13. I had my car license for 14 years before I got my bike license. I had my learners for over 3 years before I did the Q Ride course. I had hoped to get my license in one day, but bad weather and my skills meant I didn't do a highway run, so I came back for a second day two weeks later.

    I got my 250 license because I didn't see the point on getting on a bigger bike than the one I had waiting in my garage. I have opted to do the time on the 250 till I feel that I need something bigger. Maybe I never will want to get the ZX6R.

    The best way to improve Q Ride would be to offer a discount or rebate for doing further rider training, so we have the skills to ride better.
  14. I hear there is some good scooter training courses available at a sensible discount rate when you decide to upgrade.
  15. What is this thing - a scooter - you speak of?? Oh you mean that pretty little thing Audrey Hepburn rode in Rome?? Or the annoying little things that buzz along the highway doing 60kph in a 100kph zone, wearing half a helmet and high heels?

    I'll stick to my Kawasaki till Honda release a new Blackbird. Go back to your long-winded debate about Global Warming. :wink:
  16. You said above that you couldn't countersteer or ghange gears properly.
    You had to sign a declaration agreeing to the recommendation that the trainer made. yOU SHOULD HAVE BEEN ASKED TO SIGN IT AFTER THE ASSESSMENT. If you didn't agree with the trainer why did you accept his assessment of your ability. They have to abide by a code of conduct which you should have been given to read, This code also outlined the greivence policy and refund policy.

    I reckon you must have been one of those people who just signed everything witout reading it.

    Did you report the Q-Ride service provider? WHy not if you didnt think they are doing things right.?
  17. Hi everyone

    I got my license through Q-ride when it was a riding school operating from Springwood and Toombul. I found it was a good program as the trainers were dedicated to their work and believed in what they were doing.Not long after Q-ride was sold off, and I think that's when it all went downhill, a lot of the instructors left due to what I believe were differences of opinion with where the organisation was heading. However, at the end of the day it's up to the individual to decide where their comfort zone lies, how competent they are with their riding skills and what they are capable off, nothing can change that.

    It's only now they have decided to put restrictions on what kind of vehicles new drivers can legally drive. I think Q-ride should have remained a separate entity and not another tool used by salesmen or women to sell more bikes, thats where I think they have gone wrong. They have taken away making riders more competent on the road and replaced it with a sales pitch to make more sales.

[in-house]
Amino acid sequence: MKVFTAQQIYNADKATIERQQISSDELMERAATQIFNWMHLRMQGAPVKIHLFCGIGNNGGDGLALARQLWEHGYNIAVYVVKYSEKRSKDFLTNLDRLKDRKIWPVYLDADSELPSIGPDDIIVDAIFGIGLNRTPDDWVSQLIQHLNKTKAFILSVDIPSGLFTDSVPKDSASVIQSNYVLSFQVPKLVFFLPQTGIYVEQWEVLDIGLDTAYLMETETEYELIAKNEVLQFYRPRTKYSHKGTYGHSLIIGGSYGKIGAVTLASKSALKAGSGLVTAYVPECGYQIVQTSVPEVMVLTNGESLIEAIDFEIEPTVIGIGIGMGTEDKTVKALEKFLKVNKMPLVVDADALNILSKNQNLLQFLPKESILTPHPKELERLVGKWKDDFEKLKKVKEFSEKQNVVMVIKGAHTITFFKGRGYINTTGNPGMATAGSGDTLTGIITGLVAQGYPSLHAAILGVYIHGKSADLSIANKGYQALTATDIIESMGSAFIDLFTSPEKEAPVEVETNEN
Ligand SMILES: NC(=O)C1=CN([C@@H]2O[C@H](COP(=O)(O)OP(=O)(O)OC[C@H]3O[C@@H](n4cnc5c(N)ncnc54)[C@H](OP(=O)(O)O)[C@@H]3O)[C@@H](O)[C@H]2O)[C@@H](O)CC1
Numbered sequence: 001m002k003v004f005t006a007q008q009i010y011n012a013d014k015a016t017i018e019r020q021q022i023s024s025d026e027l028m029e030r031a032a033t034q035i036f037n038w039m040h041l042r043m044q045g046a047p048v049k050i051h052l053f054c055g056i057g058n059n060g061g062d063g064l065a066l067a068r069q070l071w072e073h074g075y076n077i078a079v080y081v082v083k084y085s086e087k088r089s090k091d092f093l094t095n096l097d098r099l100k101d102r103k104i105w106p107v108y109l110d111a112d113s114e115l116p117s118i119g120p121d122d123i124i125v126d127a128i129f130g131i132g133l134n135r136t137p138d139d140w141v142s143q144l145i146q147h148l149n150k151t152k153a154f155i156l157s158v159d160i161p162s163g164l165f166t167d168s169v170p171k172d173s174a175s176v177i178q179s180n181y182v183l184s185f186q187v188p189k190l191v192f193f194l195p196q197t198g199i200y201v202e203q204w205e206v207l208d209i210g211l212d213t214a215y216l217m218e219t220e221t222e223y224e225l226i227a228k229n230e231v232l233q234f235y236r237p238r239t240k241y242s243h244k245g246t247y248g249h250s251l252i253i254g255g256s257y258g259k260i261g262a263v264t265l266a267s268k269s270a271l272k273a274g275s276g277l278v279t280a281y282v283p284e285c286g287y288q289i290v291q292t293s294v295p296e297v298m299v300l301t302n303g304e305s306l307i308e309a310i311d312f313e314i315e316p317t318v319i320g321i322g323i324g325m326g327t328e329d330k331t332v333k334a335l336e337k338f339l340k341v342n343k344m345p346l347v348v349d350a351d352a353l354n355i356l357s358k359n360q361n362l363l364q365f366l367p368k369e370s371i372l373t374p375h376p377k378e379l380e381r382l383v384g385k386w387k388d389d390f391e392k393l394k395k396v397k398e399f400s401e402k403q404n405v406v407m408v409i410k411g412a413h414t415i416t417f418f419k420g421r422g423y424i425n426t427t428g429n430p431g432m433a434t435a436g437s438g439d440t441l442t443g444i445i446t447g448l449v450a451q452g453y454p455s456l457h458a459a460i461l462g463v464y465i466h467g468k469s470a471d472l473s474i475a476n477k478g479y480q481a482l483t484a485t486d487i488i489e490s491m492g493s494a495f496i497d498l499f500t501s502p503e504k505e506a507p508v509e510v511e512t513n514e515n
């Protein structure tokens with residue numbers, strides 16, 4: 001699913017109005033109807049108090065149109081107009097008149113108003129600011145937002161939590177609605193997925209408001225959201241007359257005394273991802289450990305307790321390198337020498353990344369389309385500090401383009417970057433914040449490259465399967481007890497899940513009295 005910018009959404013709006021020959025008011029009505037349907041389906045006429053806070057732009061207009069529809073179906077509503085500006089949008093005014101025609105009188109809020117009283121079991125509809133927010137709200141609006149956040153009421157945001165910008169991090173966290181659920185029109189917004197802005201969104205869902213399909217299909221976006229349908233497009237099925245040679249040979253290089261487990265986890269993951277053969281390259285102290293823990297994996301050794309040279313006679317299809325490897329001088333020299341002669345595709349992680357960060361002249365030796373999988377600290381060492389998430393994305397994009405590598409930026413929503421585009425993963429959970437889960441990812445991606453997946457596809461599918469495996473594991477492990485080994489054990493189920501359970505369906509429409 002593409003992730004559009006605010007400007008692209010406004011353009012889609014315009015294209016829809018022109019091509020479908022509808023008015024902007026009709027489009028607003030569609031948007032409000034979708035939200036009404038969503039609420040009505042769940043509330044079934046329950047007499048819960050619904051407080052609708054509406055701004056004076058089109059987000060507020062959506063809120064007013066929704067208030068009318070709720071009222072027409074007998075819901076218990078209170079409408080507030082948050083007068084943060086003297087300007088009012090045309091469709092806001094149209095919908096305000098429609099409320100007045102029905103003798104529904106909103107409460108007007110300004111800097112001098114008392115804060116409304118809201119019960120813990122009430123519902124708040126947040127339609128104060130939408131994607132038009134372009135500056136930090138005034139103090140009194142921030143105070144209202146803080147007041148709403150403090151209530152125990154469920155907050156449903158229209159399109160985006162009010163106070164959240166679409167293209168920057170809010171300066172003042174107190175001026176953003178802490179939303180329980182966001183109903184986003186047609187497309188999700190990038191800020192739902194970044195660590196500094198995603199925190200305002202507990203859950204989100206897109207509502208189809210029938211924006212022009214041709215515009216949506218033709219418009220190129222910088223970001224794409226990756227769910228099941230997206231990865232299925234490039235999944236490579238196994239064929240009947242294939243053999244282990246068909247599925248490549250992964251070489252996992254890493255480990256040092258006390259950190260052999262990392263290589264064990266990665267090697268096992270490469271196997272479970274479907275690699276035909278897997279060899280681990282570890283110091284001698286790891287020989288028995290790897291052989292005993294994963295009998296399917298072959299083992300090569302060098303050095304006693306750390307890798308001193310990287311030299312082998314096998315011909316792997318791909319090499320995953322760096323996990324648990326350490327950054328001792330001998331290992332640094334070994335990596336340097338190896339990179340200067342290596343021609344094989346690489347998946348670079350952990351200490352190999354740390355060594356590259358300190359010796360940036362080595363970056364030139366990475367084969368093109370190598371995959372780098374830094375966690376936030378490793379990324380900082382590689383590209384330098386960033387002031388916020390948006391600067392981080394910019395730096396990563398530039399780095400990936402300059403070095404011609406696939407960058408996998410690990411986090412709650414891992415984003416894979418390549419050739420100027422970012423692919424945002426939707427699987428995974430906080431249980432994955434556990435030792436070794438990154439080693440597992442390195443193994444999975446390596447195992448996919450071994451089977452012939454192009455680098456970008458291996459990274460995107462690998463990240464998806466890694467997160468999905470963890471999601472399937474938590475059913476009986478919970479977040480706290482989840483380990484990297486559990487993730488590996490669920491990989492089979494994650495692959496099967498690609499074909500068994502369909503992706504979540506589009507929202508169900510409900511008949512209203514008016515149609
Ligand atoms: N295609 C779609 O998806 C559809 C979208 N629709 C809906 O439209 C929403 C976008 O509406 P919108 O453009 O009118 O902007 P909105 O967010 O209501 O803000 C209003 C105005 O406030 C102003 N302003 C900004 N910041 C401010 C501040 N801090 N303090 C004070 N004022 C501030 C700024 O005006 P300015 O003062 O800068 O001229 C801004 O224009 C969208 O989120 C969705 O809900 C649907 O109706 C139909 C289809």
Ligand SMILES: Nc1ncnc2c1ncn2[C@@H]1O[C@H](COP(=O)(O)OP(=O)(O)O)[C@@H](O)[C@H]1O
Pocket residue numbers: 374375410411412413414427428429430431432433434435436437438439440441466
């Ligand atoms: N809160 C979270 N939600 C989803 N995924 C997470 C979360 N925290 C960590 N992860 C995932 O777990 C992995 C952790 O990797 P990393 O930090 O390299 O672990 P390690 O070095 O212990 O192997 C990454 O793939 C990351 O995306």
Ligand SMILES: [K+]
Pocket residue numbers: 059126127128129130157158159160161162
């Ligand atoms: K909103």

Maybe taking the course away may not be the answer but instead improving the riders competency before they get their license, and using independent assessors to help stop cowboy style practices. I've now been riding for 5 years and never had a road accident on a bike, it all comes down to experience which takes time and common sense. A good defensive riding course as a follow up probably wouldn't go astray either?
  18. My local Q ride instructor was really good, a simple no bullcrap approach, He was pretty tough and he said straight out he would have no hesitation to fail us if we didn't come up to the standard he set down, With that he did say he would assist people for free with more bike time until they were up to the Q ride standard.

    He told us during the training about one young guy, he went and did the course, he did everything right, his bike was in excellent condition, but his attitude was all wrong, This guy thought he was bulletproof and could do no wrong.
    As much as he wanted to fail the guy he couldn't, he did what was required and had to pass him and give him his open license.
    After the training he pulled the guy aside and gave him a talking to.
    After an hour he sent him on his way and hoped for the best.....

    2 weeks later the guy was dead, bike wrapped around a power pole, speeding and pulling wheelies past his mates and lost control

    So, who is at fault?
    The parents are to this day blaming Q ride and the dealer who sold him the bike.
    I blame the Idiot behind the handle bars.

    It's all about the attitude. :cool:
  19. I agree with the majority on this one, its all about the rider not the assessment....adding more and more red tape or barriers does not make for safer or better riders. We gotta stop blaming someone for our shortcomings or mistakes. Hooray for Q Ride.
  20. Every state needs a safer training system, why just single out QLD with the question